While Hanging From the Tailgate

I daydream about how I used to daydream on the trip between Bangui and Carnot nearly two decades back, in the western quarter of the Central African Republic, four degrees north of the equator. On transports we were crowded like cattle, jostled and lurching over the unpaved roads, choking on billowing clouds of orange earth, scorching under the brutal sun or freezing in the hours before dawn. No one knew how long the trip would take or what we might encounter: rain, police, herds of goats, flat tires, delays in towns where the driver inexplicably disappears.  For a while, I suffered.  But then I noticed that the Central Africans were trance-like on these journeys.  Women's heads gently swayed, their eyelids half-closed over their fierce gaze.  Children watched with wide eyes until they fell asleep against their mamas.  Men sat, their eyes slitted at the road.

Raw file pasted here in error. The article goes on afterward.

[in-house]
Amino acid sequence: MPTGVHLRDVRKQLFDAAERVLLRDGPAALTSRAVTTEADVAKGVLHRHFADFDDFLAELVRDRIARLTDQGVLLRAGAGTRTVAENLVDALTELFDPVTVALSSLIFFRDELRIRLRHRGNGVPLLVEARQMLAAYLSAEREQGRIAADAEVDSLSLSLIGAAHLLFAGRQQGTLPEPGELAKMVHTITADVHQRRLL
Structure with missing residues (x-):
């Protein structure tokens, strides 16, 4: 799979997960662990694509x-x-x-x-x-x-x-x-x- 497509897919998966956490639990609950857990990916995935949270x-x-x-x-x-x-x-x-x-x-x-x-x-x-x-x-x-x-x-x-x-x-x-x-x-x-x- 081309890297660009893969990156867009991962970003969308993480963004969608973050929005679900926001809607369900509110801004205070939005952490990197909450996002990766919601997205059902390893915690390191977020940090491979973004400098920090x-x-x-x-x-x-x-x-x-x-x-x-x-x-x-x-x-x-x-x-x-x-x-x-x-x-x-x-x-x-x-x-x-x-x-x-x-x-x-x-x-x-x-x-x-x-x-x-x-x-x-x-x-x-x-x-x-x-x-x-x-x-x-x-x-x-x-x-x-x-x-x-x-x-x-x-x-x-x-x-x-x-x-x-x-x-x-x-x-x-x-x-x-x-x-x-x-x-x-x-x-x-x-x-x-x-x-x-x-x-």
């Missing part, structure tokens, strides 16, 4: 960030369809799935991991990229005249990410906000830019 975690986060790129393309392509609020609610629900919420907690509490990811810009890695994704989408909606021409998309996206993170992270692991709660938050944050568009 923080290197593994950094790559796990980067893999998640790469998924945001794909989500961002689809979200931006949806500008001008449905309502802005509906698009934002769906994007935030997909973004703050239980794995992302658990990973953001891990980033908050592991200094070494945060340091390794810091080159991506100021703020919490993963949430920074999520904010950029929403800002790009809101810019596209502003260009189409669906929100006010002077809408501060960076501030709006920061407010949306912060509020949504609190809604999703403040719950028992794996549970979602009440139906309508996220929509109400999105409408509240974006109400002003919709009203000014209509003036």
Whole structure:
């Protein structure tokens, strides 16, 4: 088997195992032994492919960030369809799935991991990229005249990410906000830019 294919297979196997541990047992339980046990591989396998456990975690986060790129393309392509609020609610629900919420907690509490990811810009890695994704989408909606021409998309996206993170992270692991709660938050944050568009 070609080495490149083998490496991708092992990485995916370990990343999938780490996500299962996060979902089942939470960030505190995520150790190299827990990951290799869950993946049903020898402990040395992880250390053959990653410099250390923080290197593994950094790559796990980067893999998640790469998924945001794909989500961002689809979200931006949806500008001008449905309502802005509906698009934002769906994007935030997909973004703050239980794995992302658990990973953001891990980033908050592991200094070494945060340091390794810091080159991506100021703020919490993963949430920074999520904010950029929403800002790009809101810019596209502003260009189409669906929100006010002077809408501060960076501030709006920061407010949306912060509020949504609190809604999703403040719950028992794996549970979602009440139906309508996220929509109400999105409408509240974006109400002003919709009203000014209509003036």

They inspired me to daydream.  For hours I watched my mind wandering forgotten paths, foraging new ones. I reminisced about old loves, recalled the details of winter, contemplated the strange reality of being an American woman born in 1971 Omaha, Nebraska, the odd coincidence of finding myself again, smack in the center of a continent.  I must have dreamed about the future, about someday marrying a man I love, about having children, writing books, traveling the world.  But what lingers is the sensation of diving under a warm sea, swimming without goal or destination, without needing to come up for air, floating with the currents, humming with the wind, marveling at the clouds above until we reached our destination.

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